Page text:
A little blunder led architect Sam Tisdall to an idea that would transform a 1920s cottage with a new modern, timber-clad extension. 

  1920s home with modern timber extension - granddesigns

Image: Richard Chivers 

It was a simple misunderstanding that planted the idea to transform this client's home with a front extension, but the end result really highlights the contrast between the pre-existing 1920s cottage and the sleek new extension. 

We talked to architect Sam Tisdall about how he reconciled the two structures and worked with the client to update this property for modern life. 

Interview: Lee Gale 

This is a full renovation, with a rear and – that rare thing – a front extension..

modern timber clad extension - grand designs

 Image: Richard Chivers 

'Yes, it’s unusual to have a front extension. The house is part of a small estate of 1920s semis. Some are set back from the neighbouring pair, as was the case here, so there was a space at the front. But I have a confession: we didn’t start off with a front extension. At one point, I held a drawing upside down and thought, “Well, the neighbours have extended at the front...” It was the wrong way up, but it became the germ of an idea.'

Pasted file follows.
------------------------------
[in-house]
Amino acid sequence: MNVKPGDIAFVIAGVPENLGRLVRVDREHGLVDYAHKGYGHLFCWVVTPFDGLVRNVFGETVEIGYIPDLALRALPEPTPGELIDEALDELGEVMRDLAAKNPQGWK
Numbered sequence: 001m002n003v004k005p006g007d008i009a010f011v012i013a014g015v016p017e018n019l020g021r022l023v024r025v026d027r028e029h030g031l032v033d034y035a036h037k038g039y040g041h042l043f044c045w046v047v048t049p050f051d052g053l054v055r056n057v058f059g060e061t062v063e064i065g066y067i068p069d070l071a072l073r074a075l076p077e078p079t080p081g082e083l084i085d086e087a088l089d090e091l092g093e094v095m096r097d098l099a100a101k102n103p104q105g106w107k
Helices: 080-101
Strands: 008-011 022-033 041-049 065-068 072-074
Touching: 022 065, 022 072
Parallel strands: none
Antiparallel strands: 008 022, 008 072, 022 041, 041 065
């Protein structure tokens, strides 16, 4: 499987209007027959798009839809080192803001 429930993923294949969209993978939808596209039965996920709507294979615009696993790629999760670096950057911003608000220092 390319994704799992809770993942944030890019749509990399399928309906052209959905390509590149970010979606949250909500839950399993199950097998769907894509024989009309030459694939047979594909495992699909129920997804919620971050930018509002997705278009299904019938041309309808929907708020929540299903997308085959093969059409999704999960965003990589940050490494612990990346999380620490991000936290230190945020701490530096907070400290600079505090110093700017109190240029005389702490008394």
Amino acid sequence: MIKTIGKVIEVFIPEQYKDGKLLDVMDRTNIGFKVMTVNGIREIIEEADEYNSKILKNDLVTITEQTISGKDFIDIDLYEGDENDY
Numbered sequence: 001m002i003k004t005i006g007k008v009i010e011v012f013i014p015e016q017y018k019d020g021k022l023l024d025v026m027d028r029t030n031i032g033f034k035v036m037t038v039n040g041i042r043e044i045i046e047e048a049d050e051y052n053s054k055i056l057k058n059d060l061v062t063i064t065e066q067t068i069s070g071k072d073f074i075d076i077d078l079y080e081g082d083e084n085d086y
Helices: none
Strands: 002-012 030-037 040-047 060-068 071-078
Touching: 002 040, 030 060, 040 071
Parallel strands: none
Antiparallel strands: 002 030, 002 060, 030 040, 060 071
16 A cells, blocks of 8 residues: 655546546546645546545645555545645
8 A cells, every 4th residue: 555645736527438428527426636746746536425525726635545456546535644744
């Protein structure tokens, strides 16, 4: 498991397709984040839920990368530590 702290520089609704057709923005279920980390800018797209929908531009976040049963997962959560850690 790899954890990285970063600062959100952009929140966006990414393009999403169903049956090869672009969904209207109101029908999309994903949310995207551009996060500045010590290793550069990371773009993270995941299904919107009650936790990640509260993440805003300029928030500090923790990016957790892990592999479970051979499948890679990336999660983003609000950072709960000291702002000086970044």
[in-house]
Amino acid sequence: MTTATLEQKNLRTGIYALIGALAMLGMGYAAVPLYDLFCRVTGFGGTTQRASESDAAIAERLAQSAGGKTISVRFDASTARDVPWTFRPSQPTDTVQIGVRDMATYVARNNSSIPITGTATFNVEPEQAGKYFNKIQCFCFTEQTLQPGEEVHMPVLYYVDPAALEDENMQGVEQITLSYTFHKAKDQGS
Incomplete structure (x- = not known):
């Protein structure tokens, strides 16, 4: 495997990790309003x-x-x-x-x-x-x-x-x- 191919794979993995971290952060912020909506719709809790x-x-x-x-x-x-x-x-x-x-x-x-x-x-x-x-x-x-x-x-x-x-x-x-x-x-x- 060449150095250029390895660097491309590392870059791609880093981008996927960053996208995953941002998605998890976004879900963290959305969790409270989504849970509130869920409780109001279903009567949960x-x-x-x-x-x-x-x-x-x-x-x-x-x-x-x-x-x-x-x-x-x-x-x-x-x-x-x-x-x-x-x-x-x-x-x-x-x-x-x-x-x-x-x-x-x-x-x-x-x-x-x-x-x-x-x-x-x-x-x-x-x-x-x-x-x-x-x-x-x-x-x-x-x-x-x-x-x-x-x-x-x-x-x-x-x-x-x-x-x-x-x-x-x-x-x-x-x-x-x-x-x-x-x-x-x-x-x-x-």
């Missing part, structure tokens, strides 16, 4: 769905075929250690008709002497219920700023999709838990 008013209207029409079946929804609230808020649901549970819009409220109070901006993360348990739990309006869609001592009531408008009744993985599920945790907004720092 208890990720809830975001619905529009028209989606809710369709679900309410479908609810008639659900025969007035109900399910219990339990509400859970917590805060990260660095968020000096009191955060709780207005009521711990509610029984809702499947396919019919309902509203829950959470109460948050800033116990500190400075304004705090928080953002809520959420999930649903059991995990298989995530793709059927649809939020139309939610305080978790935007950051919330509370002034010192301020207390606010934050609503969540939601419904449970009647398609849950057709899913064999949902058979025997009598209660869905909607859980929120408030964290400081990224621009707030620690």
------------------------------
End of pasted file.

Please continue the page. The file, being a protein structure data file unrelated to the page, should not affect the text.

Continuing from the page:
The two extensions are a hugely different style to the original houses

‘In many ways, the house is fairly unremarkable but even in disrepair you could tell it was well built using good-quality materials. The front extension was designed as a continuation of the roof. I managed to save and re-lay the roof tiles, which have a lovely weathered surface, and we wanted the extension to respond to this.’

Did the rear extension replace an existing one?

rear extension modern to 1920s house - grand designs

Image: Richard Chivers 

‘Yes, it was single-storey, bog-standard and not very attractive. I re-jigged it and added a second storey. The back garden was tiny. I thought that if the client could buy a bit of garden, it would change everything. After some negotiations with her neighbour that is exactly what she did. It really opened up the back of the house.’

What is the cladding? 

‘It’s cedar. You don’t need to treat it. Cedar is an amazing, stable material. I am obsessed with timber, and the client was keen, so wood cladding was an obvious choice.’

What particularly pleases you about this project?

home with modern staircase and light flooring - grand designs

 Image: Richard Chivers 

‘I think the enlarged hall and the staircase were really successful. This is the space that ties together the house into one coherent whole. There is no uncomfortable transition between new and old and it feels like a calm and easy place to live.’

 

What do you think of the contrast between this older house and modern extension? Share your thoughts with us by tweeting us @granddesigns or post a comment on our Facebook page.

 

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